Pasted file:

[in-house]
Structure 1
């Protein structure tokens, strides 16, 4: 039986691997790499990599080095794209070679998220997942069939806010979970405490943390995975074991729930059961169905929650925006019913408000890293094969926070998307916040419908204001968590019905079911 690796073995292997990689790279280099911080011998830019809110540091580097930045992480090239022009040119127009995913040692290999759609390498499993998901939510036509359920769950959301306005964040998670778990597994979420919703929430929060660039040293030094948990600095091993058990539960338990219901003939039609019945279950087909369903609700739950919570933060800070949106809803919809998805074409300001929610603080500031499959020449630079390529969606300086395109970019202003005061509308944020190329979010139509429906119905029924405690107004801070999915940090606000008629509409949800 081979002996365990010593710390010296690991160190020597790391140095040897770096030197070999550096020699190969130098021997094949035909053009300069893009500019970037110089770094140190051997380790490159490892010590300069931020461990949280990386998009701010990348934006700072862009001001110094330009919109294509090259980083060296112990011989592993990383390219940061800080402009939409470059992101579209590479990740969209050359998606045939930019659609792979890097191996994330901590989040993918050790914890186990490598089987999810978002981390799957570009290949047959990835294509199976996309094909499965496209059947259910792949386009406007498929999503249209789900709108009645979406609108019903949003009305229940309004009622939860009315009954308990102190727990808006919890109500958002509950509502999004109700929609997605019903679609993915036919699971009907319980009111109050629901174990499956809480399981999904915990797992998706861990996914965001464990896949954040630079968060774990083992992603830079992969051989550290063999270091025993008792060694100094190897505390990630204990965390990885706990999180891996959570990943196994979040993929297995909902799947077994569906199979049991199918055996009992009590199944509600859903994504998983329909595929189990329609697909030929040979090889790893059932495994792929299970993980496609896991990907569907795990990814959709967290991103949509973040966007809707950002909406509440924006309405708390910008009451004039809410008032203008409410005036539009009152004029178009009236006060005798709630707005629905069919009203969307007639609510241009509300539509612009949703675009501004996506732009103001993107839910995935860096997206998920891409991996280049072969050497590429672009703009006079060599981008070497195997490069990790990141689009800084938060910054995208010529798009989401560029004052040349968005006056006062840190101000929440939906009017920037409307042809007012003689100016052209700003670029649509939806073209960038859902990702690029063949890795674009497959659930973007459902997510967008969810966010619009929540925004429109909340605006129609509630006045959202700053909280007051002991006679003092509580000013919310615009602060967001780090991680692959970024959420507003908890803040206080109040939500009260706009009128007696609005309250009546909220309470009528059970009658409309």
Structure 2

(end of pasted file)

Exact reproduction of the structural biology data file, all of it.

[in-house]
Structure 1
């Protein structure tokens, strides 16, 4: 039986691997790499990599080095794209070679998220997942069939806010979970405490943390995975074991729930059961169905929650925006019913408000890293094969926070998307916040419908204001968590019905079911 690796073995292997990689790279280099911080011998830019809110540091580097930045992480090239022009040119127009995913040692290999759609390498499993998901939510036509359920769950959301306005964040998670778990597994979420919703929430929060660039040293030094948990600095091993058990539960338990219901003939039609019945279950087909369903609700739950919570933060800070949106809803919809998805074409300001929610603080500031499959020449630079390529969606300086395109970019202003005061509308944020190329979010139509429906119905029924405690107004801070999915940090606000008629509409949800 081979002996365990010593710390010296690991160190020597790391140095040897770096030197070999550096020699190969130098021997094949035909053009300069893009500019970037110089770094140190051997380790490159490892010590300069931020461990949280990386998009701010990348934006700072862009001001110094330009919109294509090259980083060296112990011989592993990383390219940061800080402009939409470059992101579209590479990740969209050359998606045939930019659609792979890097191996994330901590989040993918050790914890186990490598089987999810978002981390799957570009290949047959990835294509199976996309094909499965496209059947259910792949386009406007498929999503249209789900709108009645979406609108019903949003009305229940309004009622939860009315009954308990102190727990808006919890109500958002509950509502999004109700929609997605019903679609993915036919699971009907319980009111109050629901174990499956809480399981999904915990797992998706861990996914965001464990896949954040630079968060774990083992992603830079992969051989550290063999270091025993008792060694100094190897505390990630204990965390990885706990999180891996959570990943196994979040993929297995909902799947077994569906199979049991199918055996009992009590199944509600859903994504998983329909595929189990329609697909030929040979090889790893059932495994792929299970993980496609896991990907569907795990990814959709967290991103949509973040966007809707950002909406509440924006309405708390910008009451004039809410008032203008409410005036539009009152004029178009009236006060005798709630707005629905069919009203969307007639609510241009509300539509612009949703675009501004996506732009103001993107839910995935860096997206998920891409991996280049072969050497590429672009703009006079060599981008070497195997490069990790990141689009800084938060910054995208010529798009989401560029004052040349968005006056006062840190101000929440939906009017920037409307042809007012003689100016052209700003670029649509939806073209960038859902990702690029063949890795674009497959659930973007459902997510967008969810966010619009929540925004429109909340605006129609509630006045959202700053909280007051002991006679003092509580000013919310615009602060967001780090991680692959970024959420507003908890803040206080109040939500009260706009009128007696609005309250009546909220309470009528059970009658409309």
Structure 2